Turkish protesters stormed a Chinese restaurant in central Istanbul Sunday, shouting anti-China slogans, flinging blue paint and dropping a “dead” baby doll on a table.
They were apparently protesting China’s bans on Ramadan fasting in the majority-Muslim region of Xinjiang. That region’s native people, the Uyghurs, speak a language related to Turkish, and some separatists prefer to call the region “East Turkestan.” (RELATED: China Won’t Let Muslims Fast For Ramadan)
Sunday’s instigators were members of a small nationalist group, whose ideology, Turanism, espouses unity among the world’s Turkic peoples. In a rally outside the restaurant, they flew banners reading “Long Live East Turkestan,” and chanted the slogans “Down with Red China” and “Murderous China, get out of Turkestan.”
While the group is apparently independent, its Facebook and Twitter accounts use images — especially pictures of howling wolves — associated with the “Grey Wolves.” That organization is a paramilitary political movement unofficially linked to the MHP, a far-right political party which won the third-largest share of seats in the June 7 election. (RELATED: Sunday’s Turkish Election Was A Blow To Strongman-Style Islamism)
Mehmet Ali Aǧca, who tried to assassinate Pope John Paul II in 1981, was a member of the Grey Wolves.
Besides shouting slogans and bursting into the restaurant, protesters reportedly beat one of the employees — who, it turns out, was himself not Chinese but Uyghur.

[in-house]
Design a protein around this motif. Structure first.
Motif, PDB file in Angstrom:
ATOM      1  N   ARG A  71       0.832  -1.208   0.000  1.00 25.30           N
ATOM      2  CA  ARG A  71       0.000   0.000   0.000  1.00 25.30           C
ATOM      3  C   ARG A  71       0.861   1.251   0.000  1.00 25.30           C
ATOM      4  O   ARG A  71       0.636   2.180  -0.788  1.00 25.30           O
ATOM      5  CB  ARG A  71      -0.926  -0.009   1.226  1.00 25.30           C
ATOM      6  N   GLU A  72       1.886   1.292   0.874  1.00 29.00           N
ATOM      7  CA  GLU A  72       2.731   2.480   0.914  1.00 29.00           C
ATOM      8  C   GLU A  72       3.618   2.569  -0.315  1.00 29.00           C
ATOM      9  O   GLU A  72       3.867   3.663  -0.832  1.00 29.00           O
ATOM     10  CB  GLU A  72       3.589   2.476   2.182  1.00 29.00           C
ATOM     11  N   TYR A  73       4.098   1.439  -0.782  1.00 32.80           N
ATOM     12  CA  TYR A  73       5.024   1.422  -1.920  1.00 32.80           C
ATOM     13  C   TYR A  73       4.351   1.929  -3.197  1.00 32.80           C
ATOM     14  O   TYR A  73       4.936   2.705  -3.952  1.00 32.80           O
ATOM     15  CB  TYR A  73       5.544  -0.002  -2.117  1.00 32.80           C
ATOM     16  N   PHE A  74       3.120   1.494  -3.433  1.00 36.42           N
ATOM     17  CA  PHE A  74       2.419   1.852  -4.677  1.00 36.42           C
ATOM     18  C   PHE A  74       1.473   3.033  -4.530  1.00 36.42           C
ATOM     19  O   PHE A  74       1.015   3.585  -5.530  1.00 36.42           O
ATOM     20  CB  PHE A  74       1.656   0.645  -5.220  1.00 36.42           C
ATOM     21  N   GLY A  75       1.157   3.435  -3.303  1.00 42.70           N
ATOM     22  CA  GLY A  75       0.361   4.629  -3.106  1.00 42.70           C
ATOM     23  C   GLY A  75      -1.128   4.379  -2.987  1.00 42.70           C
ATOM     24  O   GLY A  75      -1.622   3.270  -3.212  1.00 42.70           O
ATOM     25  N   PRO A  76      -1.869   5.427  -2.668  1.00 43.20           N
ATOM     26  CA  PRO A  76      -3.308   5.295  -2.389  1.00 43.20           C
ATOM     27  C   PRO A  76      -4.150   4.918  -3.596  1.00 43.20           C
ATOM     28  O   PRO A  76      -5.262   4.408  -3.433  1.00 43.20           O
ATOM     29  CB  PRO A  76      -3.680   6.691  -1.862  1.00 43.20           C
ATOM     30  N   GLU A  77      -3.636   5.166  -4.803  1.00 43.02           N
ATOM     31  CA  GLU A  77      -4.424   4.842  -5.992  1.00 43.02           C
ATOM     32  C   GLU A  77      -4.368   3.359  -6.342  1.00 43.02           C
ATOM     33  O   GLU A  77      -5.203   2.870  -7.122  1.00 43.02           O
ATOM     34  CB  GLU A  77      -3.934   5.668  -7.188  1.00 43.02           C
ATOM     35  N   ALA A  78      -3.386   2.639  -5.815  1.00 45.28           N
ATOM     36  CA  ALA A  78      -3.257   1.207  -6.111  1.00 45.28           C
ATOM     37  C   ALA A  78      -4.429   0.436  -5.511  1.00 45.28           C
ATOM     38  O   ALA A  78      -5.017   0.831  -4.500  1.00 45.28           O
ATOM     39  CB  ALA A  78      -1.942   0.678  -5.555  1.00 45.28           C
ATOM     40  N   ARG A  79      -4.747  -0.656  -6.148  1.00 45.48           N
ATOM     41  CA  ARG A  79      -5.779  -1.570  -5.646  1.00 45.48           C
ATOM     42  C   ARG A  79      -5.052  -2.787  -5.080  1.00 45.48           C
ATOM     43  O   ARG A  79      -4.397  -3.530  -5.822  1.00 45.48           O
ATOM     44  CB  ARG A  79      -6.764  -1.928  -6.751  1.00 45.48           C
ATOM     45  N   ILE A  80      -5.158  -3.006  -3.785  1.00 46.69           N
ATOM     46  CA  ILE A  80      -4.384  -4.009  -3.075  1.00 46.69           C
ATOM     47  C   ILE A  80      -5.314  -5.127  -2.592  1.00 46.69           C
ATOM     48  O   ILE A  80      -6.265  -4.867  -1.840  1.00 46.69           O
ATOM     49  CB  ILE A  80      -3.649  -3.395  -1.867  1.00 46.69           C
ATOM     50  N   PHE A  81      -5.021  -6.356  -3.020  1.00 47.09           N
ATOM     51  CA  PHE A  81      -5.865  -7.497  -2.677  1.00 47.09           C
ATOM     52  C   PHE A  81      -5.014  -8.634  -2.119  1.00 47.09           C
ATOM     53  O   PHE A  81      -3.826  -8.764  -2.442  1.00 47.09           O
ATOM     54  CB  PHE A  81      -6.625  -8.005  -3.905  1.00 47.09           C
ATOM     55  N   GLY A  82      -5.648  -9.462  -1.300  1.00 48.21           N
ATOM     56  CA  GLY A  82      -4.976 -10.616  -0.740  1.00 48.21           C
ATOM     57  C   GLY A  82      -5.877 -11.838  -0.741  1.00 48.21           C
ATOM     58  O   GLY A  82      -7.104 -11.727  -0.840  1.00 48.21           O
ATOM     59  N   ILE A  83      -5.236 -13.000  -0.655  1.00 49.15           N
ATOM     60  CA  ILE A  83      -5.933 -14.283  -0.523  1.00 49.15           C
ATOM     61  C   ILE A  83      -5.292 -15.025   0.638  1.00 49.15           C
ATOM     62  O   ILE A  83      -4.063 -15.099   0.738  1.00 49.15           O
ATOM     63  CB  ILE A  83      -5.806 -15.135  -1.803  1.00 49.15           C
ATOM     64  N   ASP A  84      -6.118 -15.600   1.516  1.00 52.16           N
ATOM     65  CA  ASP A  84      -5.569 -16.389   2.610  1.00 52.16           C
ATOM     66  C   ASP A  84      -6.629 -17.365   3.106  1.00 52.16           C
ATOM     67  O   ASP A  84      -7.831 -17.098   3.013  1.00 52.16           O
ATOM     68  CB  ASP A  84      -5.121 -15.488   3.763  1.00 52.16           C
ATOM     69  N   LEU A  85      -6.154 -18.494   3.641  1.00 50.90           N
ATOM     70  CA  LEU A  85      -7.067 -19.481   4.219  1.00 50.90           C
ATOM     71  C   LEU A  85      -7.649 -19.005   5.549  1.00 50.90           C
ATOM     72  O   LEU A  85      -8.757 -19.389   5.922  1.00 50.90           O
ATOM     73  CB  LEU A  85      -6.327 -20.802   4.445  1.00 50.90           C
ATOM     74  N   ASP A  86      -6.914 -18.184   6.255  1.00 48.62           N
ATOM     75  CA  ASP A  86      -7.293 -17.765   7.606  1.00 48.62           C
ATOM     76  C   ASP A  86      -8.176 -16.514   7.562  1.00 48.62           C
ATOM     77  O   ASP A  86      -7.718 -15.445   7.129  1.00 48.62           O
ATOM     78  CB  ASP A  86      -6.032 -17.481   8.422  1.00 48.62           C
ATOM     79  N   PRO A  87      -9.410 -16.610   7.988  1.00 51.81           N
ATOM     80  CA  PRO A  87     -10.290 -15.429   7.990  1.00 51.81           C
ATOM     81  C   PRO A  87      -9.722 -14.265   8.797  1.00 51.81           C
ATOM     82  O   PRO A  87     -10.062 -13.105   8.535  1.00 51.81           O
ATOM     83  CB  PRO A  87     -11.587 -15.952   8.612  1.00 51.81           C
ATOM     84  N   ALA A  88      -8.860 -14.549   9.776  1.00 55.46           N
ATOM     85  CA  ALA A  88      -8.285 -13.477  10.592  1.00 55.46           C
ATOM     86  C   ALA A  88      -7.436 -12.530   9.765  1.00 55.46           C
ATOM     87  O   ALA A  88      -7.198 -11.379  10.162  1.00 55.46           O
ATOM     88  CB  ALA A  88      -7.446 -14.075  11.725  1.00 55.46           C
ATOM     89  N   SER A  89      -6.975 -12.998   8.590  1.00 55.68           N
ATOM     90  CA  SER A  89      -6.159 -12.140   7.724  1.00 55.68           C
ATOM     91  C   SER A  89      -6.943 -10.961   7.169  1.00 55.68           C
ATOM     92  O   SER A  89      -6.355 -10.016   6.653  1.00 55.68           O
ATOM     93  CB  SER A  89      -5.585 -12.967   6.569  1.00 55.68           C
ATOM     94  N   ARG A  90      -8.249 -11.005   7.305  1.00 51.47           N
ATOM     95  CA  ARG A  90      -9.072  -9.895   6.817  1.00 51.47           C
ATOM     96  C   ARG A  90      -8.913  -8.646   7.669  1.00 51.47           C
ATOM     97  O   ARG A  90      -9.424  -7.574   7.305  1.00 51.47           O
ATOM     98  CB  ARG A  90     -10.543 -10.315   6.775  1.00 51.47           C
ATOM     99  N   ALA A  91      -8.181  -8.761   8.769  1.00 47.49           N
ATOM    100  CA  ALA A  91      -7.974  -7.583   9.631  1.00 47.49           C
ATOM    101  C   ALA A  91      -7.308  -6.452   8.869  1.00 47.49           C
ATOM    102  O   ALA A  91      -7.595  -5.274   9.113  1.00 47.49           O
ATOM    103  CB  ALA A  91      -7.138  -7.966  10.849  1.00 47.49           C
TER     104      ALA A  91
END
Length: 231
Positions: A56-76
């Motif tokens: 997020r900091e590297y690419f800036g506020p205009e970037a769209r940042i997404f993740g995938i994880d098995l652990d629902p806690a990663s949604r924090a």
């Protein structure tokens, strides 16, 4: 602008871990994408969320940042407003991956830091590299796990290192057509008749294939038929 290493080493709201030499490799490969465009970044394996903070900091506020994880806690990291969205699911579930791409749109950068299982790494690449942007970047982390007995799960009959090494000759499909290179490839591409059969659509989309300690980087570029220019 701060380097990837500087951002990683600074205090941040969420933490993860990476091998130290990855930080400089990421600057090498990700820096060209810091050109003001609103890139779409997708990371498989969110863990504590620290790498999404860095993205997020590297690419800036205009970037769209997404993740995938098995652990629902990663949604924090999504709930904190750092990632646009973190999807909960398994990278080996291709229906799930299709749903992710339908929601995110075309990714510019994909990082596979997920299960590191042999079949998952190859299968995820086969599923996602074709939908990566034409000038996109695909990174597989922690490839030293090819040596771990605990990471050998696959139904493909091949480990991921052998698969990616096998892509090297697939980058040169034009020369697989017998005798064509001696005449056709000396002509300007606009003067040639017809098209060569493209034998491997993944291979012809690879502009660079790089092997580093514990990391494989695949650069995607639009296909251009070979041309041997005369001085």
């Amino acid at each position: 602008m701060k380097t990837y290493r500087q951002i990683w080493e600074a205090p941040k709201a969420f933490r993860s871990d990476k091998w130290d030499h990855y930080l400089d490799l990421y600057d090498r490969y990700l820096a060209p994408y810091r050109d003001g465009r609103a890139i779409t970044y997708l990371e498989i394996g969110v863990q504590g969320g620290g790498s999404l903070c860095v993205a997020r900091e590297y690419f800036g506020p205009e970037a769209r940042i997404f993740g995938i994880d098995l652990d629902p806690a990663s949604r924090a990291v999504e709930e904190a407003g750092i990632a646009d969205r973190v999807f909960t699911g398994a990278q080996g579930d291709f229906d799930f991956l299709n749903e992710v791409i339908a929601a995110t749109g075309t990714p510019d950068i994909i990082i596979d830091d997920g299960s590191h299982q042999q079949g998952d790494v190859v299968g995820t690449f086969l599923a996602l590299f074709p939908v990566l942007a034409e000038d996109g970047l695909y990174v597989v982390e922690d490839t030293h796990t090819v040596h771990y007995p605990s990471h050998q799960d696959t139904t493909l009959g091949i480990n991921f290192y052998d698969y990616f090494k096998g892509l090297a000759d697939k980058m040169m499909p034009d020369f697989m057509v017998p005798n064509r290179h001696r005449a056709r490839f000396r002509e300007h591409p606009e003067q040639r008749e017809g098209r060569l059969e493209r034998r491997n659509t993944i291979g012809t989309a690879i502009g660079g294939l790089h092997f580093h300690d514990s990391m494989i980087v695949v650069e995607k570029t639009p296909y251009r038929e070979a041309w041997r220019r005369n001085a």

China’s officially atheist and Communist government has repeatedly clamped down on Islamic religious activity in Xinjiang, including mosque attendance and religious wedding ceremonies. It has also restricted Christian and Buddhist activities in places where it believes religion could threaten loyalty to the government. (RELATED: China Forces Muslim Shopkeepers To Sell Liquor)
The Hong Bin Lou restaurant is well-situated in the busy downtown neighborhood of Taksim, across the street from the consulates of Germany and Macedonia. However, it is a private business and some 30 minutes’ drive away from the Chinese government’s consulate in Istanbul.
Right-wing provocateurs are not the only Turks protesting China’s “war on Ramadan.” Turkey’s foreign ministry issued a statement Tuesday, expressing “sorrow” that the Chinese government has kept Uyghurs from “fulfilling their religious duties.”
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